October 05, 2000 Harvard
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20/20/2000 helps Cambridge purchase apartment units

by Doug Gavel
Gazette Staff
Ribbon cutting at Lancaster St. apartment building
A ribbon at the entrance to a 65-unit apartment building at 8-10 Lancaster St. in Cambridge is cut by Mayor Anthony Galluccio (left); Cambridge Housing Authority Vice Chair James G. Stockard Jr.; Cambridge Housing Authority Executive Director Daniel J. Wuenschel (behind); Bonnie J. Peak-Graham, community builder from H.U.D.; Cambridge City Manager Robert Healy; East Cambridge Savings Bank President William McGilvreay; and Harvard University President Neil L. Rudenstine. Harvard was one of several institutions donating funds to purchase the building in order to preserve affordable housing in Cambridge. Staff photo by Jon Chase

Celebrating the acquisition of a stately 1920's-era apartment building using funds from Harvard's 20/20/2000 initiative, Cambridge City officials hosted a ribbon-cutting ceremony on Tuesday at the site of its latest affordable housing development.

The handsome 65-unit four-story brick building, featuring mostly studio and one-bedroom apartments, is located in the prestigious Avon Hill neighborhood near Porter Square. It was purchased by the Lancaster Street Limited Liability Company, which was created by the Cambridge Affordable Housing Corporation, for $11.4 million to provide below market-rate housing opportunities for Cambridge residents.

"I don't think we ever envisioned a time when we could be celebrating a victory like we are today," said Cambridge Mayor Anthony Galluccio. "If you tried to convey to the City Council a few years ago that we might have been able to obtain an apartment building on Lancaster Street in West Cambridge you would have been laughed out of a roundtable session...and today we have proved the naysayers wrong."

Galluccio cited Harvard's $1.5 million contribution as the impetus for allowing greater flexibility in the project guidelines. Thirty percent of the units will be rented to middle-income residents who are having a difficult time securing housing in Cambridge but who also earn too much to qualify for conventional subsidy programs. The remainder of the units will be rented to low-income residents.

Photo of President Rudenstine
President Rudenstine stresses his point while addressing an audience during the ribbon-cutting ceremony in Cambridge. Seated are (left) East Cambridge Savings Bank President William McGilvreay, Cambridge City Manager Robert Healy, and Cambridge Mayor Anthony Galluccio. Staff photo by Jon Chase
"This does demonstrate what can happen if you have the right people in the right place with their eye on the ball, and enough capital...that can be used flexibly at the right time in order to bring something about," said Harvard President Neil L. Rudenstine. "That is no small achievement."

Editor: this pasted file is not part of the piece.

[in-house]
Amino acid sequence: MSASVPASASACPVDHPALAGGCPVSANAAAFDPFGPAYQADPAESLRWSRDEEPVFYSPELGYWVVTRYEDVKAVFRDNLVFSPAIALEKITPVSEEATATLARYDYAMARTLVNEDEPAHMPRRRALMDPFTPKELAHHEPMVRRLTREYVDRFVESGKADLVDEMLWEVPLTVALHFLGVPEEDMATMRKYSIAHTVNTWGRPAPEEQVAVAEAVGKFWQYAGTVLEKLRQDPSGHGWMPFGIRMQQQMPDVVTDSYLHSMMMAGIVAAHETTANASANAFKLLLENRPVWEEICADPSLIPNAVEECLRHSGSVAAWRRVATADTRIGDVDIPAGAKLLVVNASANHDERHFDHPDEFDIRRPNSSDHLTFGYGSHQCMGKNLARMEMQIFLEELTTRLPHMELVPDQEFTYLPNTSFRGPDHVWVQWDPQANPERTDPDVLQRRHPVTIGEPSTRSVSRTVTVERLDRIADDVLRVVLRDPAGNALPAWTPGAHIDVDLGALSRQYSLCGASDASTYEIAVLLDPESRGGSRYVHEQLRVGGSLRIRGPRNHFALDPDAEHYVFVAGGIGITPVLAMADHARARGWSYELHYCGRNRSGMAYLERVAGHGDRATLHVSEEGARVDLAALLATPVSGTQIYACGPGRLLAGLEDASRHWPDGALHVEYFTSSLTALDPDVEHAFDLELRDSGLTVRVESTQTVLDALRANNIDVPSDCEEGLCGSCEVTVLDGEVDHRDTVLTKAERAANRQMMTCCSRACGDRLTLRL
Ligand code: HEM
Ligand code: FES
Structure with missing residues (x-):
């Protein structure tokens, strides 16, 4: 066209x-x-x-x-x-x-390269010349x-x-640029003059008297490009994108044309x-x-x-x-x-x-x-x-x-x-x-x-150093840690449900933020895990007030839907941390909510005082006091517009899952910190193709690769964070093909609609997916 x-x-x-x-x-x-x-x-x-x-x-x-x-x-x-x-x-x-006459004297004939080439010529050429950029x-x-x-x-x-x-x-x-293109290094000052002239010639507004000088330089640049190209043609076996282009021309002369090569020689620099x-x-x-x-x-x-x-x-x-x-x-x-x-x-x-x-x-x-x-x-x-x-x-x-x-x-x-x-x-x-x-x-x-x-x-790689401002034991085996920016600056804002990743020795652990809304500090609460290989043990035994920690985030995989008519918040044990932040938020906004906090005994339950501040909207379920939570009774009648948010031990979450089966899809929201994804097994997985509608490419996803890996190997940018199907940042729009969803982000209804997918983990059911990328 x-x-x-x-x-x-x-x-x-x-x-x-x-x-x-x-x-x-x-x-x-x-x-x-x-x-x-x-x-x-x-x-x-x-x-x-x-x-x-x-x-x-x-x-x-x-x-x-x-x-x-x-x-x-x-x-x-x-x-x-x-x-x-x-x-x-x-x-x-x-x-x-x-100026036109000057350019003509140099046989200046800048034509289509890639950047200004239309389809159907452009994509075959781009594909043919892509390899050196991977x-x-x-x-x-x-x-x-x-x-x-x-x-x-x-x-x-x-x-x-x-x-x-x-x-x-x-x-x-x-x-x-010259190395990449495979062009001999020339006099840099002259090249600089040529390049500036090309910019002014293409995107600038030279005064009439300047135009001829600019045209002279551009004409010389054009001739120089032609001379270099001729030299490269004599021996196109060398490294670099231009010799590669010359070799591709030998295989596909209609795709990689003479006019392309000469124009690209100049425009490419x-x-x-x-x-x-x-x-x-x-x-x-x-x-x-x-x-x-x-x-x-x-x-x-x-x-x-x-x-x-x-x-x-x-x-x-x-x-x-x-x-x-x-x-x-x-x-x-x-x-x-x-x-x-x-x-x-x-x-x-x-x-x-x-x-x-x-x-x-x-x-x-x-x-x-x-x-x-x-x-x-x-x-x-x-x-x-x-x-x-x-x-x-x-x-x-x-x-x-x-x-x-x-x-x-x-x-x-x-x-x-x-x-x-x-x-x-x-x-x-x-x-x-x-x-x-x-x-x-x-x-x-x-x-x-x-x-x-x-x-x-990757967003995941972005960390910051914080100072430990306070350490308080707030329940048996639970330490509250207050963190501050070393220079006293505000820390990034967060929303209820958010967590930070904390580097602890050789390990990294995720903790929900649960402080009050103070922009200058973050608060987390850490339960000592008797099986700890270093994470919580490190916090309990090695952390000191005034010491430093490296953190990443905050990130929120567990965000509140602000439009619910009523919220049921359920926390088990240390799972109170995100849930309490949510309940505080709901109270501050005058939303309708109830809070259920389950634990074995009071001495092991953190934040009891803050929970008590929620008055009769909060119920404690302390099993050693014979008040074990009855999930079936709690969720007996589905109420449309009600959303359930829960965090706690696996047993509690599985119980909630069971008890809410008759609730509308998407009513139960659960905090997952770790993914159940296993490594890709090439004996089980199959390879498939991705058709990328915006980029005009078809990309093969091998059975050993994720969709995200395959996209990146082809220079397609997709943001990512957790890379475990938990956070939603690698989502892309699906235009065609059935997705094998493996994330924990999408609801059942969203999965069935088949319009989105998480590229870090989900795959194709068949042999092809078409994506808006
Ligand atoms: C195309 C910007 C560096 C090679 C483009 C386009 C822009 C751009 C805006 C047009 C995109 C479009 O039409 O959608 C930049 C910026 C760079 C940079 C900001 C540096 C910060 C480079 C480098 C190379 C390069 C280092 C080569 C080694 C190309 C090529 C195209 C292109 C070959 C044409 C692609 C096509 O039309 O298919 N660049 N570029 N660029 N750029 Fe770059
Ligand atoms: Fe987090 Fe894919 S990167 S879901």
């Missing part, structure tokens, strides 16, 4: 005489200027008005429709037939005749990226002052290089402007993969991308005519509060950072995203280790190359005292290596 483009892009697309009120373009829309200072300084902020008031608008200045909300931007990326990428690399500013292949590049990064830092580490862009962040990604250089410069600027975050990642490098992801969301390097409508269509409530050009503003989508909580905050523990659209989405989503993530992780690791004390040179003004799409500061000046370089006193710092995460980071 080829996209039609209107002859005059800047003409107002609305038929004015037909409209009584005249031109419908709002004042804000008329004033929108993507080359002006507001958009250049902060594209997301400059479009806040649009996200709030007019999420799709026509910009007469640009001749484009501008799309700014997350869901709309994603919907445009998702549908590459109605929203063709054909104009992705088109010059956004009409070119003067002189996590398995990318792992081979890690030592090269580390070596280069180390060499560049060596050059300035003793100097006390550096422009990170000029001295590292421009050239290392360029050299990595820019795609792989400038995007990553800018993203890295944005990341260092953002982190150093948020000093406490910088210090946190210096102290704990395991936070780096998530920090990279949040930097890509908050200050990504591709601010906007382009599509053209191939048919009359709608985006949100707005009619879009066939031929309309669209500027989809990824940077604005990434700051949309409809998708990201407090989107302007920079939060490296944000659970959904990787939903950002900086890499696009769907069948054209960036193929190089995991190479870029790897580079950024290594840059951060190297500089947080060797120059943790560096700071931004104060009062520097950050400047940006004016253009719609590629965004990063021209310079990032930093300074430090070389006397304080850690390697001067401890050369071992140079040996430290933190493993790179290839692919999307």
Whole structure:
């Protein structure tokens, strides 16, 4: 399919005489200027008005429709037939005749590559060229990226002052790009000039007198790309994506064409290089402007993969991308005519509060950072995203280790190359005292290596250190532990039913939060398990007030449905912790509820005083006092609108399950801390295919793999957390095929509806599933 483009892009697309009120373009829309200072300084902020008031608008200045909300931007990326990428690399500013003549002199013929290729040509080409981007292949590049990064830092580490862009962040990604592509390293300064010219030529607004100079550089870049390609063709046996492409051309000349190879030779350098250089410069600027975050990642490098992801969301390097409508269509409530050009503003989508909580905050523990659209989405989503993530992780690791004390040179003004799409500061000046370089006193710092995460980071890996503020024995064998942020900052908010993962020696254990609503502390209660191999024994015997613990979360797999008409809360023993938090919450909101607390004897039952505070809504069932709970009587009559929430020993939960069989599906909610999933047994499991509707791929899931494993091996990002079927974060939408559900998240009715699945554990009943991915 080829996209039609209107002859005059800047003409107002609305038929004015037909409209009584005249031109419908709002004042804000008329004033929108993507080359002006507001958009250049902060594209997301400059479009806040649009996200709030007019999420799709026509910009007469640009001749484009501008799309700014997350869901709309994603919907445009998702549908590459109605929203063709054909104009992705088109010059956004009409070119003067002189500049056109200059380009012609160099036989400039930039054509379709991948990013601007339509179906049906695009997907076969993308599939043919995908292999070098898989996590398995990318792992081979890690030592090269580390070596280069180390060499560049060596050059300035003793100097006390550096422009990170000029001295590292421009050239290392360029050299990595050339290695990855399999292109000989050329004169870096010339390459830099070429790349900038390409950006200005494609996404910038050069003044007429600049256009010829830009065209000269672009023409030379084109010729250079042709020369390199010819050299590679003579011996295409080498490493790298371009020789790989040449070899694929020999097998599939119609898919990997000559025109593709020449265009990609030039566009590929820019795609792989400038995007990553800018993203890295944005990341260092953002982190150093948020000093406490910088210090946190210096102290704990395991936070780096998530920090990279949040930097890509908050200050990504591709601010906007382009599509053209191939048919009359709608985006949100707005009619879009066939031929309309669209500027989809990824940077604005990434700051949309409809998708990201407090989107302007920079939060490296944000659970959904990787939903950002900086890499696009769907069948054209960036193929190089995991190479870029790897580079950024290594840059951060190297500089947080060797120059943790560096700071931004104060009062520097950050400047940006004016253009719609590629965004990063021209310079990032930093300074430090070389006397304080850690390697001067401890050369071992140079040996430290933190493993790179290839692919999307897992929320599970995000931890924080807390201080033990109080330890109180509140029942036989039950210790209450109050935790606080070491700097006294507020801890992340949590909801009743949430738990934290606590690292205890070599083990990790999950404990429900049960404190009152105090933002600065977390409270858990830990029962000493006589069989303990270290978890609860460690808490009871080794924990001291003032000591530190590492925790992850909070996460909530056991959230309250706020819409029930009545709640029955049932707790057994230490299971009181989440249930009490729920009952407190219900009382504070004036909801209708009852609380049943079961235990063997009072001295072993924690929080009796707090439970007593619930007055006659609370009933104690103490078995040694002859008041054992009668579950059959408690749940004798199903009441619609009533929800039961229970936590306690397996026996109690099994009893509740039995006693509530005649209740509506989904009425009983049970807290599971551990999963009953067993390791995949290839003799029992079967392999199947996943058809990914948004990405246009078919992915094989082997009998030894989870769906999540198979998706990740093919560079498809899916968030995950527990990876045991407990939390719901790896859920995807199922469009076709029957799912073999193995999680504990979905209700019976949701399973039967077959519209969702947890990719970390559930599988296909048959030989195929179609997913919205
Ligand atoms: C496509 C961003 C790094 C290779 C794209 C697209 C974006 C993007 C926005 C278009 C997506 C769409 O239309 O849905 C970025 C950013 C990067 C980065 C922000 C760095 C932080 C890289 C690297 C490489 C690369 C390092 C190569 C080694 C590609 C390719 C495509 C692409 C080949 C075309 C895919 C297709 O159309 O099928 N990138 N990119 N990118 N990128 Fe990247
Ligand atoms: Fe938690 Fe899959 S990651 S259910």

Rudenstine also noted Harvard's desire to contribute to the affordable housing stock in the city in which many of its students, faculty, and staff live. "To the extent to which the city of Cambridge has a problem, we're inevitably involved in it, and I think we ought to be trying to help them solve it."

Harvard's 20/20/2000 initiative, launched last year, makes available $20 million in low interest loans to help community organizations secure and renovate new affordable housing units in Boston and Cambridge. Cambridge Affordable Trust received $6 million of the funds. The Lancaster Street project represents the first development in Cambridge to utilize the monies.

Cambridge City Manager Robert Healy made special mention of Harvard's 20/20/2000 initiative, calling it an "incredible commitment on the part of the University." He also thanked Rudenstine for his "cooperative collaboration" with the City of Cambridge during his tenure as president.

Other funding for the Lancaster Street project comes from several sources, including the City of Cambridge, East Cambridge Savings Bank, and the federal Department of Housing and Urban Development.

Daniel Wuenschel, director of the Cambridge Housing Authority, says the Lancaster Street building will be renovated in sections over the next five years as residents move out. Kitchens, bathrooms, and electrical wiring will be updated. None of the current residents will be displaced. New tenants will be selected from current waiting lists.





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